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Luneside East: The Cost So Far

John Freeman
Lancaster City Council has spent over £13 million on the stalled Luneside East development project to rejuvenate St. Georges Quay, virtual-lancaster has learned. It also faces the remote possibility that some £2.5 million might need to be refunded.

Luneside East is a large, mainly derelict brownfield site on Lancaster’s River Lune waterfront owned wholly by Lancaster City Council since November 2006, grossly contaminated by its previous uses. The vision for the project was that it would create a new quarter of the city with 350 houses in a mix of tenures, 8000 square metres of business space, new high quality open spaces and walking and cycling routes.

The Council described the development as "a landmark in urban regeneration and high quality design and be an exemplar in how development can be as sustainable as possible". But the £70 million scheme stalled in June 2008 when project partner David McLean Homes pulled the plug on plans for 327 apartments and homes, blaming the recession.

Earlier this year, the Lancaster Guardian reported the council had still not secured funding needed to kickstart the development.

A Freedom of Information Act request has revealed that the Council secured over £11 million in grant funding for the first public sector stage of the redevelopment, which involved a comprehensive land assembly, including removal of the operational gasholder in 2006 and a financial contribution towards strategic flood defence works by the Environment Agency. English Partnerships contributed £4,847,000, the North West Regional Development Agency £3,750,000 and £2,526,000 came from the European Regional Development Fund.

In total, spending on the stalled development outstrips funding from national and regional bodies.

The City Council says it has spent £13,219,500 on the project to date (as at the end of March 2010). This includes for all expenditures on the first public sector stage plus, since completion of this, expenditures to meet holding costs - for example, in maintaining effective site security.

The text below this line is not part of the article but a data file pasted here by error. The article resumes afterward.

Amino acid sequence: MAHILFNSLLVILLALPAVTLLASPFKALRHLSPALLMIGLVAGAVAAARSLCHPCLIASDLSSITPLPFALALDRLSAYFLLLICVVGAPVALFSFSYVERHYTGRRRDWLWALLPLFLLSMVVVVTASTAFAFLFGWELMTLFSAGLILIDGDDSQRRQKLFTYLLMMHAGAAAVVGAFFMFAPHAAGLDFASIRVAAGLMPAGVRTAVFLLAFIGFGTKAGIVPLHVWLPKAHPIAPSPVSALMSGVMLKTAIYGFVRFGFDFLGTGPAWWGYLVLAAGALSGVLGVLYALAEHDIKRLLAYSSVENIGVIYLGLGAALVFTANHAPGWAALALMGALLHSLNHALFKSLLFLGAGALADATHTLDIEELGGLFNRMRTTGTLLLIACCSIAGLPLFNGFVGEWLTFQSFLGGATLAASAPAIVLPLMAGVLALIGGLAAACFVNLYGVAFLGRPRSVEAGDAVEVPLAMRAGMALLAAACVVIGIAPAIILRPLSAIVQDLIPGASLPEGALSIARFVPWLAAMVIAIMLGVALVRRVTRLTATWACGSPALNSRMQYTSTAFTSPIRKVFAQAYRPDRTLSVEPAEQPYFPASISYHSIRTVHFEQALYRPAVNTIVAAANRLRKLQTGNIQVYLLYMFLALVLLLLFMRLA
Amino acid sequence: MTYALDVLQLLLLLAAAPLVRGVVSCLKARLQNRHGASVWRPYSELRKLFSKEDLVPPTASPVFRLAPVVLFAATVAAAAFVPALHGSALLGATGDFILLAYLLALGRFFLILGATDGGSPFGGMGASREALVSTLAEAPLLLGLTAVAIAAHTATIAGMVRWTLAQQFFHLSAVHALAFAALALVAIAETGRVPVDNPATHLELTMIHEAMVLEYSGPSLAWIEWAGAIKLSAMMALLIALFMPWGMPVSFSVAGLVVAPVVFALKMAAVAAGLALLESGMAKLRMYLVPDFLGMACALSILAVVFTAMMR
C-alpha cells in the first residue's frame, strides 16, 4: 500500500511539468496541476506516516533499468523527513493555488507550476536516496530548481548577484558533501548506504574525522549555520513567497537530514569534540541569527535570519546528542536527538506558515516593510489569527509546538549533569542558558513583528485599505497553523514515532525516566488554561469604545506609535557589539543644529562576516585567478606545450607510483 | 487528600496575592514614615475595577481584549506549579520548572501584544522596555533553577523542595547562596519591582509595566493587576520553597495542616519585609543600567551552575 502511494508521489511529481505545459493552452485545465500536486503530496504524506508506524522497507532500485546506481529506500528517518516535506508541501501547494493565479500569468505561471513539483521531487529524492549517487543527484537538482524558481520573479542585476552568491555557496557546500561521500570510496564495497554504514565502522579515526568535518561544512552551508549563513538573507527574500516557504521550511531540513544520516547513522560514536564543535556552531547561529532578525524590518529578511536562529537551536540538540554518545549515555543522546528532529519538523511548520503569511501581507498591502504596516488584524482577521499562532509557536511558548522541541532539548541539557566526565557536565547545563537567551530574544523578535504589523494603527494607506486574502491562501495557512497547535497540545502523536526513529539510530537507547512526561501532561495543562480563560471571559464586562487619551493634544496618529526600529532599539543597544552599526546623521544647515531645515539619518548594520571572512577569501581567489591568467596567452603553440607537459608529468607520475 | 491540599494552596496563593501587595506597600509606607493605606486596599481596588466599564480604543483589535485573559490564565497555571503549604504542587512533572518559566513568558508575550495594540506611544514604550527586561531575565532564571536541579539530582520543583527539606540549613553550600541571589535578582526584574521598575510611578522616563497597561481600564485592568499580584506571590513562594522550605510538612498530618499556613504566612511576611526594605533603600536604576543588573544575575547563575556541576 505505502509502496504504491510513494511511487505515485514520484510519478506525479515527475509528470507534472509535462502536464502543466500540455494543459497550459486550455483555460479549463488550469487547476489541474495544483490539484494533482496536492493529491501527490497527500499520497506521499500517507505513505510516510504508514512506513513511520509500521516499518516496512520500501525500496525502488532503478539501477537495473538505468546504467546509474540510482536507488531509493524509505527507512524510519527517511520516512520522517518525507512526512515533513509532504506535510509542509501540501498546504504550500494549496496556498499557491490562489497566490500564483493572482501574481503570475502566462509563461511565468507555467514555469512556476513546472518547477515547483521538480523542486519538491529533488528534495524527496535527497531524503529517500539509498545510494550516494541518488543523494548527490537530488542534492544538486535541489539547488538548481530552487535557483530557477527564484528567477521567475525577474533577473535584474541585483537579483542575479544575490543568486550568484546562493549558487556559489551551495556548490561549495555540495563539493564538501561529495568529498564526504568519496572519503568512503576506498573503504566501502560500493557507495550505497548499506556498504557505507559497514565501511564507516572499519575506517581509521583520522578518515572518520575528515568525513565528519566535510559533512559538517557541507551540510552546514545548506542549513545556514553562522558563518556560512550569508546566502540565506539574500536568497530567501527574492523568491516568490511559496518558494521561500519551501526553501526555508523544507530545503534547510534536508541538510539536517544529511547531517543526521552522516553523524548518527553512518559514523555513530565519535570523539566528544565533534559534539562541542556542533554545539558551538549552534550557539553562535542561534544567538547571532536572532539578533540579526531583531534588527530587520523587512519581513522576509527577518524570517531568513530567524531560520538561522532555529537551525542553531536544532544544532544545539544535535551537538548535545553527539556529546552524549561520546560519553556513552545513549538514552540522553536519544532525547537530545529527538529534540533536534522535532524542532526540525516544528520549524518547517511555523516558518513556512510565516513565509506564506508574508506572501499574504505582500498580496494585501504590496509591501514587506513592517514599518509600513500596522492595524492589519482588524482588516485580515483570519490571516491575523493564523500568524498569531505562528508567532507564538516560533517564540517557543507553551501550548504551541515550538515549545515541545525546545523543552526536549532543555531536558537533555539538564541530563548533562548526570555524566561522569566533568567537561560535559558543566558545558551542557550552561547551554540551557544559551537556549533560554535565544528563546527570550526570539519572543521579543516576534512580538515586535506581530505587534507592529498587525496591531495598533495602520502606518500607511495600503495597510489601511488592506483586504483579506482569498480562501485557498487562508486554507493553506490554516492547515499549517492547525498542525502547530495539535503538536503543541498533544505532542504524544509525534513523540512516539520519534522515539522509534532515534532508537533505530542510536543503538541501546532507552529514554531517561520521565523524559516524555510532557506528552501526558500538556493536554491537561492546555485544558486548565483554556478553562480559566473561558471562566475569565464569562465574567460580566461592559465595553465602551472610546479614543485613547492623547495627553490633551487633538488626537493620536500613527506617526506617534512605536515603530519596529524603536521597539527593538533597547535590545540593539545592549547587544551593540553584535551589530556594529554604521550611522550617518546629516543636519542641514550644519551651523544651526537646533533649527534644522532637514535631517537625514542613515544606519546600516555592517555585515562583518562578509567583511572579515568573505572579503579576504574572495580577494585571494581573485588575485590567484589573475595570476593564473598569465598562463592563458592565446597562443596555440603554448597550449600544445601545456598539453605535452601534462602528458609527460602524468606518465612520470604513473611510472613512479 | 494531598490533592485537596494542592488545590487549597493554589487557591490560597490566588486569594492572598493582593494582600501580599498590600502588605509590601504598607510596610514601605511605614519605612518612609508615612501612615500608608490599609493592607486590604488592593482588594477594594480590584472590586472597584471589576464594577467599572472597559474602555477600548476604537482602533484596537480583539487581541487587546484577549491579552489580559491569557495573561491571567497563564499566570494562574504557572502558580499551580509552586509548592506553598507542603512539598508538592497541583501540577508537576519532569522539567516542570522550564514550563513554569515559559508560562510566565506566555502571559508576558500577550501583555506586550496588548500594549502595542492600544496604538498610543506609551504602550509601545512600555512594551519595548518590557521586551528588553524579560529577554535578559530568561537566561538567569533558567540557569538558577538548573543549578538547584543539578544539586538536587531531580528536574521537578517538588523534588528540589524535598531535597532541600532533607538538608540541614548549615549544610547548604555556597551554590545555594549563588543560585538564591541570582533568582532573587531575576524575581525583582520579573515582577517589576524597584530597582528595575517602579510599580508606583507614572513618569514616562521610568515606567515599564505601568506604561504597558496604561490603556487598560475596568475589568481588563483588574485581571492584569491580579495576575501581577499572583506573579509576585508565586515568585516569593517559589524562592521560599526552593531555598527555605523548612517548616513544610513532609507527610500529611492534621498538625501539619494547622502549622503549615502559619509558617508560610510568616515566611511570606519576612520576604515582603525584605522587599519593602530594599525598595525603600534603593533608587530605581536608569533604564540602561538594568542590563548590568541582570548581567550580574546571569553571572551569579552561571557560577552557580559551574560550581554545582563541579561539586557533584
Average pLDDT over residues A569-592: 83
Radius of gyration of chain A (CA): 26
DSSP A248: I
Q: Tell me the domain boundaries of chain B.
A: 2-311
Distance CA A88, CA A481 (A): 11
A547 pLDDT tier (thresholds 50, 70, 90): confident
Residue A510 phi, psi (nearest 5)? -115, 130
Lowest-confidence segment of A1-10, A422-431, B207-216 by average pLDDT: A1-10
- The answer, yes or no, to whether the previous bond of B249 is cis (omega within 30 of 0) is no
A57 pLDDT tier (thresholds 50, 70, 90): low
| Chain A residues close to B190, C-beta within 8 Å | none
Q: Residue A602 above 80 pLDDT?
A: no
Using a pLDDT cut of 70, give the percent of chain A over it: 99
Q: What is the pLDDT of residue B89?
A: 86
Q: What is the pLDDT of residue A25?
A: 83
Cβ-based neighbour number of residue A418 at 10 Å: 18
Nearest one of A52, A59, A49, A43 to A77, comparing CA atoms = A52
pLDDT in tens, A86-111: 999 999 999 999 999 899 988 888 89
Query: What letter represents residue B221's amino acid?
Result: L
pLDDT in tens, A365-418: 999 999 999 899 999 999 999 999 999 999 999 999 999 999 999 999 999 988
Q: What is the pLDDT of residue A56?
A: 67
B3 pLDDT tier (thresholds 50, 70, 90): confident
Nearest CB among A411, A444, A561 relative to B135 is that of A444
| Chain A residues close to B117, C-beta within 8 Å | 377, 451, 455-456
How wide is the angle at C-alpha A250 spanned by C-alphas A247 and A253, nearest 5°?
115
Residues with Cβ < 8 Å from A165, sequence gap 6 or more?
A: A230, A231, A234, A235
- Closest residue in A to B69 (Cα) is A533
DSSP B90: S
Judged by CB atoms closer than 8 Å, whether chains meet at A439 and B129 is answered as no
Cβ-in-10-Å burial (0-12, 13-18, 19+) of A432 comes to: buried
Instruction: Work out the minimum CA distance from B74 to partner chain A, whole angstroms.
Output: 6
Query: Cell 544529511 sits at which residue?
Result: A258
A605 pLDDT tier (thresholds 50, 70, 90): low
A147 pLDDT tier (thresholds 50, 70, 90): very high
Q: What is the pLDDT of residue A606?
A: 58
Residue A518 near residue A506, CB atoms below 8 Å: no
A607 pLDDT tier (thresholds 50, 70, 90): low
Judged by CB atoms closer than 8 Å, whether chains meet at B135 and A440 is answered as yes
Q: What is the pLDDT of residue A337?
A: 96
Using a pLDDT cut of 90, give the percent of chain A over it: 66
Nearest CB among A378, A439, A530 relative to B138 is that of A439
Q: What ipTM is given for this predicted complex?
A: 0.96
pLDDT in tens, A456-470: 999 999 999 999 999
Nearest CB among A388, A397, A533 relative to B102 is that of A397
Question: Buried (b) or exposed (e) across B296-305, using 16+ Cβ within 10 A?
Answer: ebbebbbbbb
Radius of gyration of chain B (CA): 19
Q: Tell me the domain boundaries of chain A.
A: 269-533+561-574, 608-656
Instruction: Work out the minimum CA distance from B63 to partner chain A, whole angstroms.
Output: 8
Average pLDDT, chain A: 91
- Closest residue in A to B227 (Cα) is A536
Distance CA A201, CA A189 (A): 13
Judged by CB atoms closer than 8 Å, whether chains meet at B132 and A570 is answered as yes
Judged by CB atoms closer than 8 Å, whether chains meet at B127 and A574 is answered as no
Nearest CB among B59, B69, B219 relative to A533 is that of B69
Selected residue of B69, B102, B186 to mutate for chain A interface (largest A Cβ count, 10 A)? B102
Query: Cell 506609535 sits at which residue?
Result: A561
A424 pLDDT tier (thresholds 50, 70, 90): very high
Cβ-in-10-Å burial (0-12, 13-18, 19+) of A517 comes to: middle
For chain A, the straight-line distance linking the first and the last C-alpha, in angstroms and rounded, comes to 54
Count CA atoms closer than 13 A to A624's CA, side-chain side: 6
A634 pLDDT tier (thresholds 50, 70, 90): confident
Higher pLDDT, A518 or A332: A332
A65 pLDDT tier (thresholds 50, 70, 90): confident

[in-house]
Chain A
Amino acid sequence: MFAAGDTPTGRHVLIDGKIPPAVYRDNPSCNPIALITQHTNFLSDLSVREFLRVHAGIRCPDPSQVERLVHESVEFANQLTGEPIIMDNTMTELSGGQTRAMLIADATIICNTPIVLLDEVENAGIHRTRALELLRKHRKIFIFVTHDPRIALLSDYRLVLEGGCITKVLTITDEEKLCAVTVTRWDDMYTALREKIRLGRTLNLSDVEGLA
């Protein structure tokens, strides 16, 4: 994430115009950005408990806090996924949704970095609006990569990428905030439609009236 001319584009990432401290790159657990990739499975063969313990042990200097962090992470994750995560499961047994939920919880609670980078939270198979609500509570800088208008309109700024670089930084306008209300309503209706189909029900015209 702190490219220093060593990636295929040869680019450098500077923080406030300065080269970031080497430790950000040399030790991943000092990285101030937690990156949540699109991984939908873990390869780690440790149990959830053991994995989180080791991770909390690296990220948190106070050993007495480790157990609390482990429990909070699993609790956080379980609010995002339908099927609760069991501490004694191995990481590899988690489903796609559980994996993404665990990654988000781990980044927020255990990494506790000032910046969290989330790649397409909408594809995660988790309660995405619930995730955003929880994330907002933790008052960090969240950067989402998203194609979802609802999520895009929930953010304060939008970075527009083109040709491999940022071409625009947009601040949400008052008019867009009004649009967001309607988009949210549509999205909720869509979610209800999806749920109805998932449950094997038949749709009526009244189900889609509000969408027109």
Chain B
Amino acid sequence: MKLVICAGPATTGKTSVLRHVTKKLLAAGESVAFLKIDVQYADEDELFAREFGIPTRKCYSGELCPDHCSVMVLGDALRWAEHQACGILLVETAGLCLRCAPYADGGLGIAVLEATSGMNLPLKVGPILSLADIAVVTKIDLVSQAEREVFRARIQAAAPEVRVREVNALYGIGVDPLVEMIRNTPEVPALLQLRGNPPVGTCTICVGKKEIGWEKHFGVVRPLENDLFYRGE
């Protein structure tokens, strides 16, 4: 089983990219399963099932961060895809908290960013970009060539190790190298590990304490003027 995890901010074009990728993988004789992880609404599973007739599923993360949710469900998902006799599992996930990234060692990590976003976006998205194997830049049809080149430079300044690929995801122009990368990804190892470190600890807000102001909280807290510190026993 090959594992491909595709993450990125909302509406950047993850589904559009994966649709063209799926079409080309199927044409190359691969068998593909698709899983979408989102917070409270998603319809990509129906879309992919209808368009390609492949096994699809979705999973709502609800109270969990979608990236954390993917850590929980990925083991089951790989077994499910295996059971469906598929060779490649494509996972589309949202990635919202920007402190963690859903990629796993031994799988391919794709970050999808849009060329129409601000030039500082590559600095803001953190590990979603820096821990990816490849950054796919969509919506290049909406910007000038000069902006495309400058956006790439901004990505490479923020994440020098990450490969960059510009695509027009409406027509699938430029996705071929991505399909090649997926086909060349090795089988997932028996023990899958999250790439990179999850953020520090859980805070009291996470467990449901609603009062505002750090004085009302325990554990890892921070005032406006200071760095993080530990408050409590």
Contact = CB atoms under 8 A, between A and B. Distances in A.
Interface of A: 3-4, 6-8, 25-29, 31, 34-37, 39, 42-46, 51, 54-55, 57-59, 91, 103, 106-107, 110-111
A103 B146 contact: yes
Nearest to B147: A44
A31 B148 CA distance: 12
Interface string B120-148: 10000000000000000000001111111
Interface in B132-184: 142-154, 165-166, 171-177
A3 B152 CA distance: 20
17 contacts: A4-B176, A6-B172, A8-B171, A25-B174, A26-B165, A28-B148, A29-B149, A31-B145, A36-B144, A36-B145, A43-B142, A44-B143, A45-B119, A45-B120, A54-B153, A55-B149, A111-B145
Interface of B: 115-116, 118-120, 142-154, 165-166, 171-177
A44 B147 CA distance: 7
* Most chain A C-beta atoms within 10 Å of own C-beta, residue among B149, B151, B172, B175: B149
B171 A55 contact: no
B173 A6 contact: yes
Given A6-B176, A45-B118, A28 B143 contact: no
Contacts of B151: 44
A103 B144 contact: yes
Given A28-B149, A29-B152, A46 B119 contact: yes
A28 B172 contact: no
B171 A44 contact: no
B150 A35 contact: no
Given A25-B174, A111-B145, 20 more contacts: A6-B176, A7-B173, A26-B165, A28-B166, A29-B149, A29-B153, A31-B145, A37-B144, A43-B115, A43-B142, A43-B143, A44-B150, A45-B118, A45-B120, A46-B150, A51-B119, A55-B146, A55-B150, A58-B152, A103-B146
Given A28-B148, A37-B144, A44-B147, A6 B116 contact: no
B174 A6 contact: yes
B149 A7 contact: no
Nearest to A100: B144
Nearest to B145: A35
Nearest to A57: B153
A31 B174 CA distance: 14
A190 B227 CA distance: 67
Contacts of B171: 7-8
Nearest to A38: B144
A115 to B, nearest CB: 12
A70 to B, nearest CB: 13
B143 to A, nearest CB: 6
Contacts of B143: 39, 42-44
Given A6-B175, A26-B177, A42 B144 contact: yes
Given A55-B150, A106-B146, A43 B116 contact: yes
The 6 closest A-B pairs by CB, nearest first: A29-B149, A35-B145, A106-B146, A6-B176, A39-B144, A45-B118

The Council, which notes on its web site that it has long recognised that public intervention is required to bring about redevelopment of the site, admits costs exceed the total of grant funding and the Council has funded these directly. None of the grant funding secured and spent to date is for remediation and none is put aside.

With the project stalled, concerns have been raised that some of the funding for the redevelopment might be 'clawed back' by public bodies that have provided finance. The Council says legal agreements provide for all the external funding secured by the Council, but admits the ERDF element - some £2.5 million - is potentially at risk from clawback.

"Given the current economic climate and good reasons why the project has not progressed further there is no indication that this is likely," the Council says.

Web Links:

• Parliament UK | 2004 details of initial Luneside East Funding

Lancaster City Council: Luneside East Regeneration Project Information

• English Partnerships: 16/11/2005 | A major step forward for redevelopment of Luneside East

• Lancaster City Council: 2006 Press Release | Major Boost for Luneside East as the CPO Inquiry Closes

• English Partnerships: 29/09/2006 | Removal of gasholder makes way for major redevelopment

• Lancaster Guardian 7/1/2010 | Recession hits quayside plans